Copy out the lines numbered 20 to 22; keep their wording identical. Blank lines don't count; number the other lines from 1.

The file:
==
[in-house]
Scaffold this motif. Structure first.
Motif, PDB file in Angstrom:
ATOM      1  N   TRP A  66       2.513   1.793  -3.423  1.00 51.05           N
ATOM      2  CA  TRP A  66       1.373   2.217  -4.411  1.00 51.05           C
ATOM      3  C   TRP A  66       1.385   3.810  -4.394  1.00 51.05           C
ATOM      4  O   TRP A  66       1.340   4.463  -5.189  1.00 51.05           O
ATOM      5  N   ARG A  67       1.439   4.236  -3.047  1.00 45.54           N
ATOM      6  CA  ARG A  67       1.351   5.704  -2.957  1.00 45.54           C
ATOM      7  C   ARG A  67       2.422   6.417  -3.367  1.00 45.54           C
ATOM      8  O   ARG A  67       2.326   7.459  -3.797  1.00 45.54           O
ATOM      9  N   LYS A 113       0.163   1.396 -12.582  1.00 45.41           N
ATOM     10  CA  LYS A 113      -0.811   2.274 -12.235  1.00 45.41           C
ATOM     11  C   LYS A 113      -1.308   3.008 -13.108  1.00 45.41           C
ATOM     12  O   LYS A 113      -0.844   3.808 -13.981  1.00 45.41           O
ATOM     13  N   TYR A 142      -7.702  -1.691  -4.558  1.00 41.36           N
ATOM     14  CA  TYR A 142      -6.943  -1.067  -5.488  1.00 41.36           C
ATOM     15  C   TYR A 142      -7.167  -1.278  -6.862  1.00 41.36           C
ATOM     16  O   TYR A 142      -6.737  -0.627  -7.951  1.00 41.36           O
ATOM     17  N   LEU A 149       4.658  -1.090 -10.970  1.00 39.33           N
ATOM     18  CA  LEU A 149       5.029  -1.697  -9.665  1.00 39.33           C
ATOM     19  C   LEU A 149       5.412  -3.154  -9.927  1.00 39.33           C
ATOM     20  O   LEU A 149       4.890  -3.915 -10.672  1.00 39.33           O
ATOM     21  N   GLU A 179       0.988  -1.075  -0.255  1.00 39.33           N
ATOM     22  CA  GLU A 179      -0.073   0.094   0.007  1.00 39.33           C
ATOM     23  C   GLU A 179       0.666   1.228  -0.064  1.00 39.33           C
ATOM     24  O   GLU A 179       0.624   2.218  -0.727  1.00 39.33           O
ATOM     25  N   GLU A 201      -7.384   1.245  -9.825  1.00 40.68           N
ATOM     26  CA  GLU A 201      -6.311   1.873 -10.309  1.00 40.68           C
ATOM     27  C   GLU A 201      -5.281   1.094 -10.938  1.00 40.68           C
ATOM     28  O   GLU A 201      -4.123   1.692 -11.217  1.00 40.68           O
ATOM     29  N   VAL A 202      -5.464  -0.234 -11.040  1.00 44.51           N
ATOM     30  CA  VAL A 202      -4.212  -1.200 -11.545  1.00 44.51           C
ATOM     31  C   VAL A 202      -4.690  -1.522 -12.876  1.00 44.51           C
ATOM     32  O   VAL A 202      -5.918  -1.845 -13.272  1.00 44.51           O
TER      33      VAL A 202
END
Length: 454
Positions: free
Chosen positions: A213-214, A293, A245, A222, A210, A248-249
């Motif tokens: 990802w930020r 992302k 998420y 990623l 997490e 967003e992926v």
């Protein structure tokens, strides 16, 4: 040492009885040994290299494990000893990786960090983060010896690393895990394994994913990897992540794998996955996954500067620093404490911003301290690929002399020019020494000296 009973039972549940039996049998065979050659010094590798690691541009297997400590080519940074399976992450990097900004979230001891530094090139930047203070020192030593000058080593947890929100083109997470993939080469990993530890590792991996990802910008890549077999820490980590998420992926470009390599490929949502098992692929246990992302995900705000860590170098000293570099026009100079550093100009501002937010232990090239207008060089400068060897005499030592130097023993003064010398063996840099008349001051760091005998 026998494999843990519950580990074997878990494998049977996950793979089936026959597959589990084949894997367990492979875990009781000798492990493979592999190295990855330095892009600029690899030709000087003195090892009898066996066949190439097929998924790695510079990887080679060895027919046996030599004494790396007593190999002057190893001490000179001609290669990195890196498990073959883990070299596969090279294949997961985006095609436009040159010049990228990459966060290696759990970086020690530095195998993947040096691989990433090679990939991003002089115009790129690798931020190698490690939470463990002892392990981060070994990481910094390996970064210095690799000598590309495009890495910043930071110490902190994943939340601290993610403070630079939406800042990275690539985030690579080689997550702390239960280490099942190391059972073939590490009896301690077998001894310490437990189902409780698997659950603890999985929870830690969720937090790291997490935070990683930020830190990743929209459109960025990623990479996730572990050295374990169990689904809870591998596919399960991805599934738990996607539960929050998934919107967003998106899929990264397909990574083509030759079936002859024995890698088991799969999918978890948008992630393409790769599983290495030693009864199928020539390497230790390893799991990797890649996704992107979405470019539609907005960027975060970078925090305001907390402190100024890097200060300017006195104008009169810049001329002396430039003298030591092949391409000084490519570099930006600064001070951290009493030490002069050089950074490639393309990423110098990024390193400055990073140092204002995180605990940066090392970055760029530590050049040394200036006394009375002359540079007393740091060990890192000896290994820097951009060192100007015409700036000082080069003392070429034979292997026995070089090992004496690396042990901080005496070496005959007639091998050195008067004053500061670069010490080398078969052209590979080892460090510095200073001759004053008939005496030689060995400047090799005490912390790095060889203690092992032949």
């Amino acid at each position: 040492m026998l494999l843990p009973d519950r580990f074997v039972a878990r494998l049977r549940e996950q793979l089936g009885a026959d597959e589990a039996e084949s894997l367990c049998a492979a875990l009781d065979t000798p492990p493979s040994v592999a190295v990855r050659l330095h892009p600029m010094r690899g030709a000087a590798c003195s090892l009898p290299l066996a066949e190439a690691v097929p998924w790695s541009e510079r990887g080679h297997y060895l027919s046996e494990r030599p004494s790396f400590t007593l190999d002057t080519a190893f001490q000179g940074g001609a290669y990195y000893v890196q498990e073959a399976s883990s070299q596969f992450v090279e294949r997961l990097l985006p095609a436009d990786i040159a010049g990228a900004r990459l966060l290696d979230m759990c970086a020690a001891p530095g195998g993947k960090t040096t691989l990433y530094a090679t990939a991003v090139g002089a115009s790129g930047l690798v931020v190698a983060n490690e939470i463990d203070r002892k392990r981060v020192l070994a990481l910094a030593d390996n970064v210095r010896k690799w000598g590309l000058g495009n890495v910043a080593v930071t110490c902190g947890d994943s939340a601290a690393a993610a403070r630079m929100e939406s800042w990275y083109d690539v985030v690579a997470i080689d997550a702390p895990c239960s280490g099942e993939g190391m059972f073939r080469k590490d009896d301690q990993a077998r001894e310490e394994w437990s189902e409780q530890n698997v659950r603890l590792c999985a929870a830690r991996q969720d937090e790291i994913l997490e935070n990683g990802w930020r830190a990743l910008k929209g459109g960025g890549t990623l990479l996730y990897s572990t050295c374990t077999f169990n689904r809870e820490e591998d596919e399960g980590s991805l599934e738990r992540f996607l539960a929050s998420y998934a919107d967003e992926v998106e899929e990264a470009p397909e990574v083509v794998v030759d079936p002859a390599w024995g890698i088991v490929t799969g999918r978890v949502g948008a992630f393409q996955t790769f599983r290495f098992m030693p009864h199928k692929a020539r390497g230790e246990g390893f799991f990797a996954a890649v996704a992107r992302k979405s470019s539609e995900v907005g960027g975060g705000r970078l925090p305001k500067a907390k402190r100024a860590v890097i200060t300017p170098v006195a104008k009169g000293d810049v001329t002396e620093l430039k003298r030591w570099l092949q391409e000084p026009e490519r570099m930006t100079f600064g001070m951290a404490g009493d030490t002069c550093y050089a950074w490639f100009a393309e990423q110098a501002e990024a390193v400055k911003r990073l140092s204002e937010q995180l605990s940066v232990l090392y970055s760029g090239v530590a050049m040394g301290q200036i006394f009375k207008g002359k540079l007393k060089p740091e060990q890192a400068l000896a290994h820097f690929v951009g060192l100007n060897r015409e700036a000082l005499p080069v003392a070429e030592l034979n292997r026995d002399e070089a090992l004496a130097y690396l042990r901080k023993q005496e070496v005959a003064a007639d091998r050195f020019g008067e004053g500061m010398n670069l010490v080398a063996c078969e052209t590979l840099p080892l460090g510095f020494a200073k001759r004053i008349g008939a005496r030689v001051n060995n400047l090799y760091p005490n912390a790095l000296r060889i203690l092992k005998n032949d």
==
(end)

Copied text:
ATOM     17  N   LEU A 149       4.658  -1.090 -10.970  1.00 39.33           N
ATOM     18  CA  LEU A 149       5.029  -1.697  -9.665  1.00 39.33           C
ATOM     19  C   LEU A 149       5.412  -3.154  -9.927  1.00 39.33           C